Some starting points for BIA::
Industry regulations and standards:
Depending on your industry, there may already be a set of standards and regulation checklist out there that your company can use as a framework.
See resource: International Organization for Standardization
Your insurance policy can give you some insight into the likelihood and risk of certain disruptions and what data is needed for insurance claims. In many cases, insurance companies prefer organizations that invest in resiliency such as crisis management and business continuity.
3. Identify disruptions by business trends:
- Some great resources are:
- Organisation for Economic Cooperation and Development (OECD). Search their database library on market trends and policy reforms.
- World Economic Forum: Global Risk Report 2019 – A summary of the risk landscape from an insurance and human perspective
- Cyber attack is a common theme in today’s business management and a real threat to your reputation. Have you investigated and updated your plans and procedures?
- Your competitors can help inspire what to invest in. If your competitor releases news about new initiatives they are undertaking, chances are your stakeholders will be looking to you for the same.
4. Creating a culture for feedback and innovation:
Your business culture can empower your greatest assets, your employees. Those employees that are implementing your risk management strategy may have valuable insight. They can help prioritize what needs to be mitigated, as well as the key steps to ensure critical business functions.
- Empowering your employees to identify possible risks and incidents that can happen can help them to plan ahead. Preparing resources for fast response is key. Simultaneously, discovering opportunities to build efficiencies or capitalize on business innovation can be a huge asset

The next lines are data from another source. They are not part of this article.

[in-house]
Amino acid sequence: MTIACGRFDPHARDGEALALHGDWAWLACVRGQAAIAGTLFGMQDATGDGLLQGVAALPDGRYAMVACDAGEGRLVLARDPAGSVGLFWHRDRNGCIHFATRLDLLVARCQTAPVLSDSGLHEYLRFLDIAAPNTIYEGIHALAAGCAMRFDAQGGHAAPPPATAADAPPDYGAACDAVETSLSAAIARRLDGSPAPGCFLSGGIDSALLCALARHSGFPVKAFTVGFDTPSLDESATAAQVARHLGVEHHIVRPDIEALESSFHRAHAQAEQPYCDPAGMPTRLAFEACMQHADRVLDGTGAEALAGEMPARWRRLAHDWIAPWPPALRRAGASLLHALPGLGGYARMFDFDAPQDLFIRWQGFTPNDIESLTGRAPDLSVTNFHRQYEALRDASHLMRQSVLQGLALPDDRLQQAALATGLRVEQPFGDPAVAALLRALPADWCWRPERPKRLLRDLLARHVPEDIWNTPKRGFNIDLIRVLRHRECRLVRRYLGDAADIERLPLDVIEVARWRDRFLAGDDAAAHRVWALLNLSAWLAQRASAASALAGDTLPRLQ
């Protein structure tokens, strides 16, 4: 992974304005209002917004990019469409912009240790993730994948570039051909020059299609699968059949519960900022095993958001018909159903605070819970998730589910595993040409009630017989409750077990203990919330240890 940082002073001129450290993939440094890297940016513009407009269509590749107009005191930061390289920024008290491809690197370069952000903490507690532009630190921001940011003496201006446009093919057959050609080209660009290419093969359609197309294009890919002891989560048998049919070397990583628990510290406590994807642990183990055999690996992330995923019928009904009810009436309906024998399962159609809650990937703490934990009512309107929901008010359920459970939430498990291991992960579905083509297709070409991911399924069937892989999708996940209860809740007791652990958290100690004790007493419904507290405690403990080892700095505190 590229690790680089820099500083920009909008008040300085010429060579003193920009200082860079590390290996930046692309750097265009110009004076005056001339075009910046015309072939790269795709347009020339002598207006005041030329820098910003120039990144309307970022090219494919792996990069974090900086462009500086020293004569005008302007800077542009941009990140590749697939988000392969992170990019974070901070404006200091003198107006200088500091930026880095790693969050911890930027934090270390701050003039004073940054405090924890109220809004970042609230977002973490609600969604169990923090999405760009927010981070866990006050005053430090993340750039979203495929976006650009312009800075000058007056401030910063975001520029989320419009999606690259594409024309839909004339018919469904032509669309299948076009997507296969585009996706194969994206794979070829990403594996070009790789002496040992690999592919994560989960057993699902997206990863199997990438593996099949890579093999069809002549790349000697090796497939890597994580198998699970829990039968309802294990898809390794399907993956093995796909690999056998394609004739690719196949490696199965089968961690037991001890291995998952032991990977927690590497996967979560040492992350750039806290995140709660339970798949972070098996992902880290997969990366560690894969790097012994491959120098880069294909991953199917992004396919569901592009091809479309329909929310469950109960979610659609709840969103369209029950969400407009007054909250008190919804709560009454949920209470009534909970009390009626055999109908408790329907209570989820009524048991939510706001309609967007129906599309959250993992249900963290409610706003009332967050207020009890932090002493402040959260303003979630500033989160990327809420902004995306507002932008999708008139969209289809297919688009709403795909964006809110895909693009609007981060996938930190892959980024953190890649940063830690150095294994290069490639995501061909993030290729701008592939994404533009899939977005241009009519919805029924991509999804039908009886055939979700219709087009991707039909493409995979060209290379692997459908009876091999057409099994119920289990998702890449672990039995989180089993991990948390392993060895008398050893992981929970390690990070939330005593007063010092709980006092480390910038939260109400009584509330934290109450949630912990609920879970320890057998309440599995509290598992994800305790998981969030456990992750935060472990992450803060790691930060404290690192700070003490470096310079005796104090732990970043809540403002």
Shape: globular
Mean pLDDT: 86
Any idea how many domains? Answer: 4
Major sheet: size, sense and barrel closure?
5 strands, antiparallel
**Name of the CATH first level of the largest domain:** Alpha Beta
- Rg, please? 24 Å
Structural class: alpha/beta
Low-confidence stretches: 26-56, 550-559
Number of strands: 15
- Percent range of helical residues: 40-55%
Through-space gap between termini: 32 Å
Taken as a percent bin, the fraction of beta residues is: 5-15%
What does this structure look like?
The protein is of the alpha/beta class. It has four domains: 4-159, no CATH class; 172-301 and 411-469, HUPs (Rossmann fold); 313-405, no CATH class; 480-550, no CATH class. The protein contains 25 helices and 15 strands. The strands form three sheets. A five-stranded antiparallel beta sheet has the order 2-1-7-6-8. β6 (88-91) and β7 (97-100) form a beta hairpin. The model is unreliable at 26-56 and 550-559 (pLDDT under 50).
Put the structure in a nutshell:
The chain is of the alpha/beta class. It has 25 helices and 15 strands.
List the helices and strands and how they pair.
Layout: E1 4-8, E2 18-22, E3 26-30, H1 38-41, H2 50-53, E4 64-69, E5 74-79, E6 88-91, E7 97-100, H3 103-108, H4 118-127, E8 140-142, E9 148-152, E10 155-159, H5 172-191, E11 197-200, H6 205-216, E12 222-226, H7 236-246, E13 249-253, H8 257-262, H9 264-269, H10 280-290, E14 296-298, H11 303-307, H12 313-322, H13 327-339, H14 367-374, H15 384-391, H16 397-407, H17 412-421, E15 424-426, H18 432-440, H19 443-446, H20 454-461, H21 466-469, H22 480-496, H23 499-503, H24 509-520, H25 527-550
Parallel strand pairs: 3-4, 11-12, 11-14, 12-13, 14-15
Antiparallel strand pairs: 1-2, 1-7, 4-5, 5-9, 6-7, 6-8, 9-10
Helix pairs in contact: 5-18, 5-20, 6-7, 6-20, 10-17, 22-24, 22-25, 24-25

- Developing a feedback loop: Have exercises to practice your set procedures and ensuring your organization is prepared. This can involve third-party contractors or fourth-party response teams depending on your scope of operations.
- Continuous training and evaluation of your risk management strategy: This includes running exercises that are scheduled to ensure response and recovery time are optimal and meeting industry standards.
In conclusion, there is a growing need for business units, especially in a larger corporation, to be able to develop risk management plans and exercises in response to the most critical situations. Identifying possible disruptions and crisis that your company will most likely face, is just the first step in preparing for the worst case scenario. Practice makes perfect, and the faster and efficient your response, the faster you can recover.
Krizo makes crisis management plans simple, enabling you to respond fast and efficient to any unwanted event. Our platform centralizes communication, actions and critical information.